C1891

The Shearing Dispute in Queensland.

Superb engraving by John Charlton, of the 1891 shearers’ strike. This was one of Australia’s earliest and most important industrial disputes. The dispute was primarily between unionised and non-unionised wool workers. It resulted in the formation of large camps of … Read Full Description

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S/N: TG-AA-910613661–231307
(C096)
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Details

Full Title:

The Shearing Dispute in Queensland.

Date:

C1891

Condition:

In good condition.

Technique:

Hand coloured engraving.

Image Size: 

303mm 
x 225mm
AUTHENTICITY
The Shearing Dispute in Queensland. - Antique Print from 1891

Genuine antique
dated:

1891

Description:

Superb engraving by John Charlton, of the 1891 shearers’ strike.

This was one of Australia’s earliest and most important industrial disputes. The dispute was primarily between unionised and non-unionised wool workers. It resulted in the formation of large camps of striking workers, and minor instances of sabotage and violence on both sides. The strike was poorly timed, and when the union workers ran out of food, they were forced to come to terms. The outcome is credited as being one of the factors for the formation of the Australian Labor Party and the rise to power of a pro-Labor Party faction in the Australian Socialist League.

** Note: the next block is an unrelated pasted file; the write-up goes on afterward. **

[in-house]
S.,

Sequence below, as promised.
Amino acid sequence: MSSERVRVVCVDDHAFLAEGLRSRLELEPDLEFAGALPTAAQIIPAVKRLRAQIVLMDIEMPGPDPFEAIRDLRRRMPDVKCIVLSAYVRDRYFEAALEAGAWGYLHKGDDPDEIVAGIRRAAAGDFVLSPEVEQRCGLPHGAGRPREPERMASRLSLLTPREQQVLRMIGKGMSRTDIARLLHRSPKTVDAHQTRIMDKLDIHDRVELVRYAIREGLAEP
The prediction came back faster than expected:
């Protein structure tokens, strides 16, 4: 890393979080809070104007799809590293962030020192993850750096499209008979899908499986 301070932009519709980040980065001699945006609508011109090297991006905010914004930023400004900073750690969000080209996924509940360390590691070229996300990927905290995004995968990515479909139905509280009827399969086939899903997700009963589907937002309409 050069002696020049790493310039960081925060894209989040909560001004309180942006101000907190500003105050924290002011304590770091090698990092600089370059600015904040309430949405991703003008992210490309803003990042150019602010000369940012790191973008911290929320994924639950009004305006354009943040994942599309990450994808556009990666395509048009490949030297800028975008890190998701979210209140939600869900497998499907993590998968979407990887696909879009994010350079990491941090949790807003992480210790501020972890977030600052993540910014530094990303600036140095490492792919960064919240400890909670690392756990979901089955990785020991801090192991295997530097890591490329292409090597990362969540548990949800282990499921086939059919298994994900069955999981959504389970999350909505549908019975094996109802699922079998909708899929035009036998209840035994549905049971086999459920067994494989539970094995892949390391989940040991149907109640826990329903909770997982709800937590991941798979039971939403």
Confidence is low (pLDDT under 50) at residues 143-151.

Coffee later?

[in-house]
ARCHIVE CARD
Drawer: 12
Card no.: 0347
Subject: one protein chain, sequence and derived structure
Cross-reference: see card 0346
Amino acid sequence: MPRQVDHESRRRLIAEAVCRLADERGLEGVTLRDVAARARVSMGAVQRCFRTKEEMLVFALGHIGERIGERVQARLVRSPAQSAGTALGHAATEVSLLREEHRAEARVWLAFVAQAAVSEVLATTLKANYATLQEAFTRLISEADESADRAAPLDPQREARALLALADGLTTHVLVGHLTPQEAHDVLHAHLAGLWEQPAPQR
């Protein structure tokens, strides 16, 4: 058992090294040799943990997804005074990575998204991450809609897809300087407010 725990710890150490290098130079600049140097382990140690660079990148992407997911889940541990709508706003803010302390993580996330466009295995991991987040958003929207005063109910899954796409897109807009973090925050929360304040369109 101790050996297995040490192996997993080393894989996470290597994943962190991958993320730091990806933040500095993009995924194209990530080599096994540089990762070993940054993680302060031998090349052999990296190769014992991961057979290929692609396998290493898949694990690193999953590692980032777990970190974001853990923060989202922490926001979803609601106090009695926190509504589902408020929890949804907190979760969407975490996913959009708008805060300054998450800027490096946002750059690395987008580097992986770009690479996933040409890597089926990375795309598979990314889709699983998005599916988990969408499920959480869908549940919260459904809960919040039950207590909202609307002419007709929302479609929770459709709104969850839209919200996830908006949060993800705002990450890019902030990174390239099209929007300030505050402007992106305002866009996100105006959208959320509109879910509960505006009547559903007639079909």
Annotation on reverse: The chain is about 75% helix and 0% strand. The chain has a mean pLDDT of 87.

From the original edition of The Graphic.

John Charlton (1849 - 1917)

Charlton was an English painter and illustrator of equestrian and military scenes. Charlton received his first lessons in drawing from his father when he was only three or four years old, and within a few years was drawing horses with some skill. Due to his family’s financial misfortunes, he had to attend Dr. Sharp’s charity school held in Bamburgh’s great castle, and a few years later, was forced to quit and find employment. With the many British and colonial forces military engagements over possessions in northern and southern Africa, Charlton was much sought after with many of the illustrations appearing in The Graphic. After the death of his two sons in World War I, Charlton died after a brief illness brought on by the profound loss he felt with the loss of both his sons.

View other items by John Charlton

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